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East Asia – a thriving robotics market

East Asia – a thriving robotics market

East Asia represents serious opportunities for western automation and robotics technology providers, and this is not just because of COVID. Asia was already fully embracing robotics and industrial automation before the pandemic. And, in a post-COVID world, the adoption of these technologies as well as industries that integrate them - like manufacturing, logistics, and ecommerce - continue their meteoric rise.

China is, unsurprisingly, the world’s biggest user of industrial robots and automation technologies. After all, the country is the world’s largest producer of automobiles and consumer electronics, and the largest global ecommerce and logistics market. In fact, China today has more industrial robots than the next four countries (Japan, USA, Korea and Germany) put together!

But, if you are thinking about opportunities for your automation or robotics technology in Asia, then China’s insatiable appetite is not the only factor to consider. South Korea has the highest density of industrial robots per 10,000 workers at 855 and Japan ranks second (364), while China is ninth (187). For reference, the US is fifth at 228. So, if you are looking to find a core mass of companies using your technology, Korea or Japan might be your first stop.

In this article, I will outline three primary answers to ‘why Asia?’ when you are looking at where to sell or license your automation technology.

1.     Asia’s socio-economic challenges require robots

The core East Asian markets of China, Japan and South Korea are enthusiastically embracing robotics and automation, albeit for different reasons.

Japan and Korea both suffer from labor shortages due to a decline in population growth (Japan’s population is actually shrinking). They struggle to fill positions for unskilled factory workers, especially at SMEs. Korea’s minimum wage has doubled since 2007 to 8,720 KRW ($8) per hour and Japan’s has increased by nearly one third during that time.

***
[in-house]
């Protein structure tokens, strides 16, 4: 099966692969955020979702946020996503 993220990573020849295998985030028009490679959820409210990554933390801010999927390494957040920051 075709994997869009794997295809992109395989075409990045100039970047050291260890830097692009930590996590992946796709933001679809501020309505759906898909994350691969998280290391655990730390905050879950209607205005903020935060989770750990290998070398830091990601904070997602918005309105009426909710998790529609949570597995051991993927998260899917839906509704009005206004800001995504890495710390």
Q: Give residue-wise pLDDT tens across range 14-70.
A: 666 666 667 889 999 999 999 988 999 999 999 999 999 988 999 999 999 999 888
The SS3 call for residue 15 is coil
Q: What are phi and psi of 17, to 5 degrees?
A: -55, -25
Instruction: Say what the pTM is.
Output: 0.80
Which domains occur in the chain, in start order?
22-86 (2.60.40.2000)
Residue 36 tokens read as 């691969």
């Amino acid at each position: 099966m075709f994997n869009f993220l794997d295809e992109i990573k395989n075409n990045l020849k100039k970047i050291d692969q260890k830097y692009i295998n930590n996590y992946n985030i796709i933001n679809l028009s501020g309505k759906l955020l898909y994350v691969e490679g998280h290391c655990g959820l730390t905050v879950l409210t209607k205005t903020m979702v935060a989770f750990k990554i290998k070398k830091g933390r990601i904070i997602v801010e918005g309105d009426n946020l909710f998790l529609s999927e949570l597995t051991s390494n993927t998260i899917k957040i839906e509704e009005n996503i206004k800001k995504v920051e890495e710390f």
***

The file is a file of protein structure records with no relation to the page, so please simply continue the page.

Despite policies to make it easier to bring in foreign workers from places like the Philippines, Vietnam, Brazil and China, both countries see automation and robotics technologies as a long-term solution. In fact, technologies that save R&D resources - like those from our material optimization client Citrine Informatics - are highly sought after.

For this reason, Korea and Japan have enacted favorable policies towards the robotics industry. Seoul announced a long-term strategy last October aimed at improving the national competitiveness of the sector through funding and deregulation.

And, in Japan, one core piece of new Japanese Prime Minister Suga’s digital transformation policy is greater use of robotics technologies.

In China, on the other hand, the rising cost of labor is a major catalyst for increased robotics use. Minimum wages have grown steadily across the nation in recent decades, reaching 2,480 RMB ($375) per month in Shanghai - nearly double that of regional rival Vietnam. The country is scrambling to stay competitive and sees robotics as a means to achieve this for low-end, labor-intensive manufacturing.

Furthermore, China is now being recognized as a global innovator, which I address below.

2.     The industrial robot OEMs are in Asia

East Asia not only has a critical mass of factories integrating robotics and automation technologies, it is also home to the leading industrial robotics OEMs. In fact, 60% of the world’s industrial robots are made by Japanese corporations like Fanuc, Yaskawa, Kawasaki, Mitsubishi and Denso.

China, while not a serious developer of robots, has invested in several global robotics OEMs, most notably with Midea’s acquisition of Kuka in 2016 for $5 billion. And, earlier this month, Hyundai Motors purchased a controlling stake in Boston Dynamics in a deal that valued the latter at $1.1 billion.